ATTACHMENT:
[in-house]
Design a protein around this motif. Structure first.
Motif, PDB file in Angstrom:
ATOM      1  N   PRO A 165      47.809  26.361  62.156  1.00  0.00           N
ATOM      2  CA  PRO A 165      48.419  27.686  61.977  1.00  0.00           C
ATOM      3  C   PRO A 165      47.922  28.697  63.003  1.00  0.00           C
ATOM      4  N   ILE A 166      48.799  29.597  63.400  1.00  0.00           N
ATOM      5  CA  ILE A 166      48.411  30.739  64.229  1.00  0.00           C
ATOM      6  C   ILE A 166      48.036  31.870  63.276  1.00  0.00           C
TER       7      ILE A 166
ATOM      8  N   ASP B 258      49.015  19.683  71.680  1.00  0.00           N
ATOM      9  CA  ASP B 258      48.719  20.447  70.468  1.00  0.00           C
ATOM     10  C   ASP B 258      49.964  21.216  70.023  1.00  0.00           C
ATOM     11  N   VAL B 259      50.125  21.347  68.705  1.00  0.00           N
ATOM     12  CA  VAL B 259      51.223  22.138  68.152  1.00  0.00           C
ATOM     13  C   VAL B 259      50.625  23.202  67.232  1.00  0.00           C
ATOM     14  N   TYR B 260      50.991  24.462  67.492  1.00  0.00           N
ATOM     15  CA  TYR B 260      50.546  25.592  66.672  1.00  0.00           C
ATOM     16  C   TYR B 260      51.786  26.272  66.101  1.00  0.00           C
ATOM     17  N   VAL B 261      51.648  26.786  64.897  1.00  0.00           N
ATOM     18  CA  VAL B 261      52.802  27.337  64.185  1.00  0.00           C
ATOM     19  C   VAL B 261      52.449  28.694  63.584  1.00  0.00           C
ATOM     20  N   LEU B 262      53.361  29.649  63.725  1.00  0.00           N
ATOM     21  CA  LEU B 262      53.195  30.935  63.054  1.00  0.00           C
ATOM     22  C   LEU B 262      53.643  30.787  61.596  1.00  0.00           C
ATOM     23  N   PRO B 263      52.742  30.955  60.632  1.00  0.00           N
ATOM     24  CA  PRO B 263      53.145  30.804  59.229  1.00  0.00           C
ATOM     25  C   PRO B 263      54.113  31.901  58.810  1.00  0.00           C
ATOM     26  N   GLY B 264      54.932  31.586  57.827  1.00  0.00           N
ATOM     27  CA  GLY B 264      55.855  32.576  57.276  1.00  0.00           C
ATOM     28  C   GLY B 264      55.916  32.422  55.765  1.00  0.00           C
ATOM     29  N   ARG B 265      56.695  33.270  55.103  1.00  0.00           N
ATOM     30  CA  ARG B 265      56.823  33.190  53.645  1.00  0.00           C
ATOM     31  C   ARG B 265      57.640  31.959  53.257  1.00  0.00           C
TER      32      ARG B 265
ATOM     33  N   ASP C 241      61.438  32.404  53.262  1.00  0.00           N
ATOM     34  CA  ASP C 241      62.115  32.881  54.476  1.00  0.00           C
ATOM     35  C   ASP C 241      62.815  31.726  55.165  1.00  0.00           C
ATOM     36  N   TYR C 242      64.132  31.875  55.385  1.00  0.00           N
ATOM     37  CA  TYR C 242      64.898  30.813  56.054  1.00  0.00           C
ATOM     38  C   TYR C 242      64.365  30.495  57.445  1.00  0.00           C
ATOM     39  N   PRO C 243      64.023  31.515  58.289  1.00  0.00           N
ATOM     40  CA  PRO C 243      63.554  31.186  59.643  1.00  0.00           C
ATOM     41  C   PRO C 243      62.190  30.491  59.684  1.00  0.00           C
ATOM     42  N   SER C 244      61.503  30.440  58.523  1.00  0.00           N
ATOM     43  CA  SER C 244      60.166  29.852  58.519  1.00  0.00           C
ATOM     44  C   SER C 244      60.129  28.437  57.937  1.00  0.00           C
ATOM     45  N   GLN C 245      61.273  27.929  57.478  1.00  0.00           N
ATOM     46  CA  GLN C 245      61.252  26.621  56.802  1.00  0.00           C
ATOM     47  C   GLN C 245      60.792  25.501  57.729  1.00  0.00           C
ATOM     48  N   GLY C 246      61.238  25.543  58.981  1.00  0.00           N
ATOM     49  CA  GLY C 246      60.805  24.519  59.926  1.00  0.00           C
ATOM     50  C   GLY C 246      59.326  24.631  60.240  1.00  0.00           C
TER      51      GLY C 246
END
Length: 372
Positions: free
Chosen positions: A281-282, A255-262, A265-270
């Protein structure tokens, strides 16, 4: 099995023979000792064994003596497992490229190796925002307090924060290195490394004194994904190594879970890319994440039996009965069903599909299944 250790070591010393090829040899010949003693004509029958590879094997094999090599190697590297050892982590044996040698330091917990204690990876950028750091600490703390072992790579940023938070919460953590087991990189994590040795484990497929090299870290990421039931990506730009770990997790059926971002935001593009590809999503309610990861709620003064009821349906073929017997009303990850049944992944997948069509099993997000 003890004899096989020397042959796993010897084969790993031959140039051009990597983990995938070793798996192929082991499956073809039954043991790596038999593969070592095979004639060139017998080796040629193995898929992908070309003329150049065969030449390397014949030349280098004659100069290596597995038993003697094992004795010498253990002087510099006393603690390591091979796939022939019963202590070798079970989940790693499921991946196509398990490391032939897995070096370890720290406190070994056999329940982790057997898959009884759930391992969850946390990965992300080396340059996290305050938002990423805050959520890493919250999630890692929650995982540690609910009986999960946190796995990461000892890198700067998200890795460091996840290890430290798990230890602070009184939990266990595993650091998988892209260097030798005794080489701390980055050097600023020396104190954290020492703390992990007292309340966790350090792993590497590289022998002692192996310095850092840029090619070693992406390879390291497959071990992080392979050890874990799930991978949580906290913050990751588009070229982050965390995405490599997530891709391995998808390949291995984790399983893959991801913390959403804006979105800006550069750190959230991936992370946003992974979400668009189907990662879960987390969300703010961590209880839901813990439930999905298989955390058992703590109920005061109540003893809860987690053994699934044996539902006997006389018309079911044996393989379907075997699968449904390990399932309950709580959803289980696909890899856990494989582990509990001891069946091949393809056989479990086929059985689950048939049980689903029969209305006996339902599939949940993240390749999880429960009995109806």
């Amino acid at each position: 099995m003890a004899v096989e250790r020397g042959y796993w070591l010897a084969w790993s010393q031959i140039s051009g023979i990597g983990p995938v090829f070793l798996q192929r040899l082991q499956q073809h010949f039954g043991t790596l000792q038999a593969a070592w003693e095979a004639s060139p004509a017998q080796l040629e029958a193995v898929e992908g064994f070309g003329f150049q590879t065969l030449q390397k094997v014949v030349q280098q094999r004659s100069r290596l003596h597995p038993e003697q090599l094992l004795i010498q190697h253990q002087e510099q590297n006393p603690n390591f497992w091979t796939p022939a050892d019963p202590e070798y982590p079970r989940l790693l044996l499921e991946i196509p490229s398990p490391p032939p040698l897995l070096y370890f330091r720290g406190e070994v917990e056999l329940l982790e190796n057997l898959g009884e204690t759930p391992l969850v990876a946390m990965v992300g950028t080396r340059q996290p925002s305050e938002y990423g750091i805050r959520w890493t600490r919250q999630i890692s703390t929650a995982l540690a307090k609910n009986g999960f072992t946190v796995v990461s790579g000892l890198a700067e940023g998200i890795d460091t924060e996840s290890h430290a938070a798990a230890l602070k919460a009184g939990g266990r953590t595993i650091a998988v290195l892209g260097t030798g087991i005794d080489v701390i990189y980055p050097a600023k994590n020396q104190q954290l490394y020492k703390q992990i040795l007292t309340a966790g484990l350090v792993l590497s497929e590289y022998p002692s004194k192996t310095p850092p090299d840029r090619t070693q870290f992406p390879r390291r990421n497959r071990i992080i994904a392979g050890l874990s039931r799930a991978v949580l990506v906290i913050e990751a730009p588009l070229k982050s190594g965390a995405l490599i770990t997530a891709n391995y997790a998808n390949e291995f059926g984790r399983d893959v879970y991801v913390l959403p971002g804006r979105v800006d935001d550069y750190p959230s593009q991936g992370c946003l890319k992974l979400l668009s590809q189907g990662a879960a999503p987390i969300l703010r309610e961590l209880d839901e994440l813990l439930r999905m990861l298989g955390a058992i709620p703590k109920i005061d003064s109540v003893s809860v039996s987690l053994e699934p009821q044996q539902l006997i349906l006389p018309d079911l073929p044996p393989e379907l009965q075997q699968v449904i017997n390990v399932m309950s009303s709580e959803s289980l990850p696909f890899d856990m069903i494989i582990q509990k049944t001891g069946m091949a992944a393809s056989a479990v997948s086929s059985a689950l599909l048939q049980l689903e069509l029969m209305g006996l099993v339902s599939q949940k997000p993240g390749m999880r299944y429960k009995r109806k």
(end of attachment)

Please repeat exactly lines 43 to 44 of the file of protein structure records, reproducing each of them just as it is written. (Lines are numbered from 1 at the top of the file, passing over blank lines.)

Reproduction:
ATOM     40  CA  PRO C 243      63.554  31.186  59.643  1.00  0.00           C
ATOM     41  C   PRO C 243      62.190  30.491  59.684  1.00  0.00           C